Do perceptions matter?
Page 6: People-First Language
The language we choose to express ourselves conveys meaning, but it also communicates attitudes, perceptions, and emotions. For example, there are a number of words to describe someone who is quiet or reserved in social situations: introverted, shy, aloof, bashful, timid, diffident. If you were such a person, which of those terms would you prefer others use when referring to you? Do any of these words carry a more positive or negative connotation than the others?
Among people with disabilities and their families, language is an especially important issue, particularly as pertains to the use of positive terminology. Over time, language shifts and changes. Words that were once considered inoffensive or neutral may later take on meanings or connotations that are no longer considered acceptable or are even regarded as offensive. For example, we no longer refer to people with mobility issues or who use a cane as “crippled.” In other cases, the order in which words are placed or spoken is problematic. Disability advocates prefer the use of “a person with a disability” because the once-common “disabled person” places greater emphasis on the disability than on the individual.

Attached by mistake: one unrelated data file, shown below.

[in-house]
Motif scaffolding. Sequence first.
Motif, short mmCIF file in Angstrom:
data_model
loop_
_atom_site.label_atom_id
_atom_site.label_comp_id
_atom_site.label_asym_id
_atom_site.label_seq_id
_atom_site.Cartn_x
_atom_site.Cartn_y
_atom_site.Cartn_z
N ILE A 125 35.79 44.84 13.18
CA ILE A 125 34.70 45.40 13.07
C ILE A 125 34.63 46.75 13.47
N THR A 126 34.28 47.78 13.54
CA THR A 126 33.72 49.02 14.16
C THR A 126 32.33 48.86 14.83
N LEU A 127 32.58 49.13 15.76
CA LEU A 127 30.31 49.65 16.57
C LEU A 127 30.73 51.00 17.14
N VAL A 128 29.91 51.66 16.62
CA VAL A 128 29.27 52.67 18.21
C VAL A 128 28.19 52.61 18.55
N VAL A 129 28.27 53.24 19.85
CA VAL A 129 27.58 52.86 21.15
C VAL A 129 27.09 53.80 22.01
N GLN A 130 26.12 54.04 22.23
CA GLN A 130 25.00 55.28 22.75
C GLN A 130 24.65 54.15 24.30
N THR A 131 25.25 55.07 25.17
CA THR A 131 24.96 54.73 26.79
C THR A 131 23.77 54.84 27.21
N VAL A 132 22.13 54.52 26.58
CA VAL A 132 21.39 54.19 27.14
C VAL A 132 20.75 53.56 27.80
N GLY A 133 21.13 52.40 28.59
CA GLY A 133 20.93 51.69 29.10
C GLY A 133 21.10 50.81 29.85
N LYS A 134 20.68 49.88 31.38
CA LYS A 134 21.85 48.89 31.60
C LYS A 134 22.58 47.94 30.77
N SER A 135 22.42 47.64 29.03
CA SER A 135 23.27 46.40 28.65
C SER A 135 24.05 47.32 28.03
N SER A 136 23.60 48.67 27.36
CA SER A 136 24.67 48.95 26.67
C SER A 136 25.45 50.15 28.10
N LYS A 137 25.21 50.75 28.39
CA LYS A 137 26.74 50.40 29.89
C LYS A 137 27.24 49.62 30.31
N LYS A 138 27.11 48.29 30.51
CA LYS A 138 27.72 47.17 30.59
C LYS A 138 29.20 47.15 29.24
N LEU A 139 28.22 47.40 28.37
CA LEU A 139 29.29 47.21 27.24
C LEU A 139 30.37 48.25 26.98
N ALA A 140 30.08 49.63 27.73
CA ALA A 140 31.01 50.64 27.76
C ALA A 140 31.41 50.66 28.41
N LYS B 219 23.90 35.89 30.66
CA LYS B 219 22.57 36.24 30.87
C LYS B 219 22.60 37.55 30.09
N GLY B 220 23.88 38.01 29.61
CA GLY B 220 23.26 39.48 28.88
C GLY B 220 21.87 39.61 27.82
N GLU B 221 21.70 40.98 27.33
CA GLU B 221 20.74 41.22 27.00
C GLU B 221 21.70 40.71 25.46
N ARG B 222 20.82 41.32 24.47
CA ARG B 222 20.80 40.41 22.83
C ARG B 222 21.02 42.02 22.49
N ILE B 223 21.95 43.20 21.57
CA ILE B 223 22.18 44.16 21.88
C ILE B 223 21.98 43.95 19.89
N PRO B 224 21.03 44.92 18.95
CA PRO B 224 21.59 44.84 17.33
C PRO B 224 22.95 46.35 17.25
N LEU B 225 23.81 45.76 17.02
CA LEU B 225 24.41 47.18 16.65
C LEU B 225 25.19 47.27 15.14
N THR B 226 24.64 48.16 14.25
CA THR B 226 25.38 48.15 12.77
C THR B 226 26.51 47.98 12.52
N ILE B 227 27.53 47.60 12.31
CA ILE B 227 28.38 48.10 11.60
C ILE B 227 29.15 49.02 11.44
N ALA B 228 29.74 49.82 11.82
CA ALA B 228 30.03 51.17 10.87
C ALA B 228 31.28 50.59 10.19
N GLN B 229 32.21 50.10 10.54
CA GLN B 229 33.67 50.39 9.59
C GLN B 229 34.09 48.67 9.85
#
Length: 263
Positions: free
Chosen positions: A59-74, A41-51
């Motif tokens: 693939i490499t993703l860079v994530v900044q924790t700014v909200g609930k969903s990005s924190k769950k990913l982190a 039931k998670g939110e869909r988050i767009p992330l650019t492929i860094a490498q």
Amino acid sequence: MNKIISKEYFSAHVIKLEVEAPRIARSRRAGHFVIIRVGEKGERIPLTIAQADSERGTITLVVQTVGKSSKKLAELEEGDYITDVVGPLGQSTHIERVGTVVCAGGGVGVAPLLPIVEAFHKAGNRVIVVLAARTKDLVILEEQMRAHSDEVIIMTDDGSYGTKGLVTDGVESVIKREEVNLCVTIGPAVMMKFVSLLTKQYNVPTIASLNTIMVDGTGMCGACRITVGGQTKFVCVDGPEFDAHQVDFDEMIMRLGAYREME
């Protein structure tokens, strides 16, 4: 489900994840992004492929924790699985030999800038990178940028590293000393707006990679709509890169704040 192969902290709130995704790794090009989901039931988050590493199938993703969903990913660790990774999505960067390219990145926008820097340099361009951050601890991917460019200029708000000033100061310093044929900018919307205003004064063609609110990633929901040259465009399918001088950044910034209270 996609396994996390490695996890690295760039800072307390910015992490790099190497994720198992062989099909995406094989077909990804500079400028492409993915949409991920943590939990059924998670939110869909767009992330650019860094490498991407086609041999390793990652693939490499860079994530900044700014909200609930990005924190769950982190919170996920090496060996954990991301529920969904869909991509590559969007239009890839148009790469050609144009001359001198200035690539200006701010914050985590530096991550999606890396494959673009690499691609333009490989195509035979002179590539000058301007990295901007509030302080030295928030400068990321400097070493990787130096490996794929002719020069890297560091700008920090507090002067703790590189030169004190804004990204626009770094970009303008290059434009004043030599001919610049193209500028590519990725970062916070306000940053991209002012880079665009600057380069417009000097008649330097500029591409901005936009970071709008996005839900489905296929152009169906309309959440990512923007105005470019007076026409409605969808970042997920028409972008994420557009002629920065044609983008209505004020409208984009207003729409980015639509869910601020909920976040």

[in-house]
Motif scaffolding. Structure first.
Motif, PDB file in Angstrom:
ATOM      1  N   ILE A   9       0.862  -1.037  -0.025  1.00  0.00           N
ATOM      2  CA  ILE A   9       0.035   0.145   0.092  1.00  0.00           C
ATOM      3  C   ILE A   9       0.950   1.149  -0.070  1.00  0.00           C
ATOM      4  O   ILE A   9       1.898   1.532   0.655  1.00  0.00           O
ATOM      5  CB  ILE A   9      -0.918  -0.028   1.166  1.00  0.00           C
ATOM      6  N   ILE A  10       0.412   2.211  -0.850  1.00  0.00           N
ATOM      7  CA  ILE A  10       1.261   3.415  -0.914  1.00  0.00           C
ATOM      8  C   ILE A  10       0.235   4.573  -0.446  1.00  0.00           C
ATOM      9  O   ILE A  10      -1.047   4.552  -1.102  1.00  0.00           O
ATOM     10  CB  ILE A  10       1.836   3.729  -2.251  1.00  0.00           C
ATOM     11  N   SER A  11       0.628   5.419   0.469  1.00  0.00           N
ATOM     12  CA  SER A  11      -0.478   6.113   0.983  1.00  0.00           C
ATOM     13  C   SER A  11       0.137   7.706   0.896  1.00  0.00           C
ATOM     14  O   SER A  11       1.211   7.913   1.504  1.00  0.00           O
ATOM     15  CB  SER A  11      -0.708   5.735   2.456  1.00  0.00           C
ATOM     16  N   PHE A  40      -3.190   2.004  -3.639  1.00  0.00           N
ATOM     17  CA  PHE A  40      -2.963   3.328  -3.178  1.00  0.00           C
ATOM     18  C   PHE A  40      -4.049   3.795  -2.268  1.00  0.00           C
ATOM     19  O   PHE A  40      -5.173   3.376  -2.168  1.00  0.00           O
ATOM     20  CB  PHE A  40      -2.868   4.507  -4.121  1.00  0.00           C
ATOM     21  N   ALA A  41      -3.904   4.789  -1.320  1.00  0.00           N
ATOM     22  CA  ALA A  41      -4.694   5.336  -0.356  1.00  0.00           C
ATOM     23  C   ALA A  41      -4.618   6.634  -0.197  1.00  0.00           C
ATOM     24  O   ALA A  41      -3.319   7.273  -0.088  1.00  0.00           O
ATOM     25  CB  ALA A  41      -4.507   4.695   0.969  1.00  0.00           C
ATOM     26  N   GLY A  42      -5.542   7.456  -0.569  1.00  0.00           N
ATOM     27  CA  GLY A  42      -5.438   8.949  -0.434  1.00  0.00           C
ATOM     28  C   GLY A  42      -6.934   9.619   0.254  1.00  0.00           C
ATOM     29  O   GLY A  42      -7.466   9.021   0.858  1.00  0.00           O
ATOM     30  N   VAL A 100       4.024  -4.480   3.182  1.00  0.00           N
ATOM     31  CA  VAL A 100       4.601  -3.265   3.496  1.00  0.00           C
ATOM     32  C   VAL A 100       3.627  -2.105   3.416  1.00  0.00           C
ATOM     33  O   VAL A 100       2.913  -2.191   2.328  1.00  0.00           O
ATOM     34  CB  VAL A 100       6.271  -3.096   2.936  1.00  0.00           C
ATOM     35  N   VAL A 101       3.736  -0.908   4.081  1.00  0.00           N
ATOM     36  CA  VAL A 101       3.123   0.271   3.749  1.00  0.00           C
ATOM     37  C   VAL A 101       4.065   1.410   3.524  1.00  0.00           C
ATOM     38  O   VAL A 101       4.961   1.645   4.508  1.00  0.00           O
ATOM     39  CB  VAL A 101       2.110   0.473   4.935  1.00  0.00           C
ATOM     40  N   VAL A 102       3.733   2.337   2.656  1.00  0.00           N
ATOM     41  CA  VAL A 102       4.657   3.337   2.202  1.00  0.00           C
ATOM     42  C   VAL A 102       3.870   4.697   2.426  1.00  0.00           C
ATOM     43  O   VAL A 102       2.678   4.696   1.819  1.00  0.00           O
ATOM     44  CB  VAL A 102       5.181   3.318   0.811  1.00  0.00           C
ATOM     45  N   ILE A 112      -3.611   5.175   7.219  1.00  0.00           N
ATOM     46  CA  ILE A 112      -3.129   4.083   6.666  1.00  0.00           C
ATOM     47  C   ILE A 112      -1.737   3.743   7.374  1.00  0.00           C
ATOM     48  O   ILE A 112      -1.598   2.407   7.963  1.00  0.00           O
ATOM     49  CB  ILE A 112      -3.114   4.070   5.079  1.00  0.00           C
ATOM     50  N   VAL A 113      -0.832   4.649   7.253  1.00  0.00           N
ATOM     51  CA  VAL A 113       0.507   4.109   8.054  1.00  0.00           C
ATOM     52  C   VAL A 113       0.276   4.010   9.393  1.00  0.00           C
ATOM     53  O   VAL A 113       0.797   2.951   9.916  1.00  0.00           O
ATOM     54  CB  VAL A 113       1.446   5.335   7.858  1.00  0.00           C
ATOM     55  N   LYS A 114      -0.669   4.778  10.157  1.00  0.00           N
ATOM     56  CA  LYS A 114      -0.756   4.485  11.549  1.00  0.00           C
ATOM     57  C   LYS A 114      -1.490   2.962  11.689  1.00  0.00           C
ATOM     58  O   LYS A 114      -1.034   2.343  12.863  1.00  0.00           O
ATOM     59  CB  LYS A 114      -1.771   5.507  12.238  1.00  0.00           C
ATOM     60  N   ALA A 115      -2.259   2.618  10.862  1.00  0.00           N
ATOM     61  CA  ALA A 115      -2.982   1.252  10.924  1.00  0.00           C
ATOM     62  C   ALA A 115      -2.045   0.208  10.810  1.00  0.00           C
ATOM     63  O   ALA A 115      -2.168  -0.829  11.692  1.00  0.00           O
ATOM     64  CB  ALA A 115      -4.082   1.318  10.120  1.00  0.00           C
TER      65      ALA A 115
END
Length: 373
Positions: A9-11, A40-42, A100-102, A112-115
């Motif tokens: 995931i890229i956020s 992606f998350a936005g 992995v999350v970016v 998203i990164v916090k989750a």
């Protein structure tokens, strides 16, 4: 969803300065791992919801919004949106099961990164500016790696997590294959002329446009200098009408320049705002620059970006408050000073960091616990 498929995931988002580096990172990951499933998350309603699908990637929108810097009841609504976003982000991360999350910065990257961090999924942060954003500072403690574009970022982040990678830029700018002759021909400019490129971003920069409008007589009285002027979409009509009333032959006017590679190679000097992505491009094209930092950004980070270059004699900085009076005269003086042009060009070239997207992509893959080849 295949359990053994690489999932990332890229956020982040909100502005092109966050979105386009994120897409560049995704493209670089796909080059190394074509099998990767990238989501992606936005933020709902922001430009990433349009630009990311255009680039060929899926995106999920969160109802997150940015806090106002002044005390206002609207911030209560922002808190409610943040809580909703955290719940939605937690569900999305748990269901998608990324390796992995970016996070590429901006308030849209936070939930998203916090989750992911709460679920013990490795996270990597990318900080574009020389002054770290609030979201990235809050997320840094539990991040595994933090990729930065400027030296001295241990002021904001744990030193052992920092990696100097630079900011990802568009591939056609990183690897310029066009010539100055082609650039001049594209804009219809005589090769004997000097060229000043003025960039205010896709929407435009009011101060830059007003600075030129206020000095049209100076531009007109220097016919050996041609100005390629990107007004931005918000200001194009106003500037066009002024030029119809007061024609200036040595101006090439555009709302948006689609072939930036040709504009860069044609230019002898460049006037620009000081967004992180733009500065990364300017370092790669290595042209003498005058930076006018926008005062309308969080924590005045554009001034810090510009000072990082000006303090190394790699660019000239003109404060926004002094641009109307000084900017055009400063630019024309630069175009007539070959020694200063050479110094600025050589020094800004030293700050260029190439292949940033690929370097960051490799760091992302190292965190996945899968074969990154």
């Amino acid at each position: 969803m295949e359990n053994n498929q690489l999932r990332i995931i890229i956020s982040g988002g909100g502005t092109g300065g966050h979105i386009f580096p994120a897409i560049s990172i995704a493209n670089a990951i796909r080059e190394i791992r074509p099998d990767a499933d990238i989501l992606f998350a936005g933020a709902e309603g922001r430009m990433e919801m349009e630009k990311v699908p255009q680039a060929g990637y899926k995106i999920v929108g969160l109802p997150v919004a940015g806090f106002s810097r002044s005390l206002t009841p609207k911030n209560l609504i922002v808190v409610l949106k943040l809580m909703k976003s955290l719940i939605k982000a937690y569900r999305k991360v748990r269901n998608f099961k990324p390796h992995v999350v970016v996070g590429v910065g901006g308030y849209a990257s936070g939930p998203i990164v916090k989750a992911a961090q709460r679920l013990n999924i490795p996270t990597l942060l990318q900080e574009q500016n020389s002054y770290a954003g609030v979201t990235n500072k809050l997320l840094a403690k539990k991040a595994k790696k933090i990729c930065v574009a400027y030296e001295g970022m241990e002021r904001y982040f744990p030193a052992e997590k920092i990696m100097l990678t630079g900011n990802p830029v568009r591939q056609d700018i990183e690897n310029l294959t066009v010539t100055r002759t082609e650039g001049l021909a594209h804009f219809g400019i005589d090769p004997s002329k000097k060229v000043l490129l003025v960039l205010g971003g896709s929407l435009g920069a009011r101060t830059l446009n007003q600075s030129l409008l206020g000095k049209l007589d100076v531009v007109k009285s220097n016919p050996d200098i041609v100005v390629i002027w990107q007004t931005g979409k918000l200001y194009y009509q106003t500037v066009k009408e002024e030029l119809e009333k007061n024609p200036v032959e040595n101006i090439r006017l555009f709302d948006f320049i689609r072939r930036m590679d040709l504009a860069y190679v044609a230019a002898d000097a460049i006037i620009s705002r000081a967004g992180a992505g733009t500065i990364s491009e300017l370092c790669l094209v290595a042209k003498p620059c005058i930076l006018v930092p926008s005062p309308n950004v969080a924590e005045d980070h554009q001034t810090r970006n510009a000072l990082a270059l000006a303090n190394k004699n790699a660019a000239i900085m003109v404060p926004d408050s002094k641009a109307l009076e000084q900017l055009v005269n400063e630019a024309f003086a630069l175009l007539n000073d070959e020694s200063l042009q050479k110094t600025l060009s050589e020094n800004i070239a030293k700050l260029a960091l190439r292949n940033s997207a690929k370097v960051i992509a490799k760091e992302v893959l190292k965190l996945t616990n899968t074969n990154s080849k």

As a remedy, most disability communities advocate for the use of people-first language, a positive, respectful way to refer to individuals with disabilities. When we use people-first language, we must take into account:
Place the individual before the disability.
|Preferred word order||Non-preferred word order|
|a person with a disability||
|a student with ADHD||an ADHD student|
|students who receive special education services||
Use current terms rather than those that are outdated, negative, or derogatory.
|Current terms||Outdated terms|
|a person with a disability||handicapped|
|a person with a physical disability||crippled|
Use terms that reflect positively on the person, rather than those that convey negative assumptions or judgments. For instance, a person who uses a wheelchair considers it a tool that provides him with greater mobility, and not as something to which he is confined. Ironically, he would be more confined without the wheelchair to get him from place to place.
|Appropriate terms||Non-preferred terms|
a person who uses a wheelchair
a person who has microcephaly
a person who suffers from microcephaly
As with any rules or guidelines, there are exceptions to the use of people-first language. Individuals who are blind or Deaf are often referred to as blind individuals or Deaf individuals, particularly for those in the Deaf community, which has its own language (American Sign Language) and culture. Similarly, many individuals with autism refer to themselves as autistic or as autistic individuals.
Lance Smith, who you met on Page 1, addresses the issue of language and terminology in his poem, Special Needs World, which he performs in the video below (time: 1:42).
Special Needs World
My brother Taylor has Angelman Syndrome,
a depletion of the fifteenth chromosome,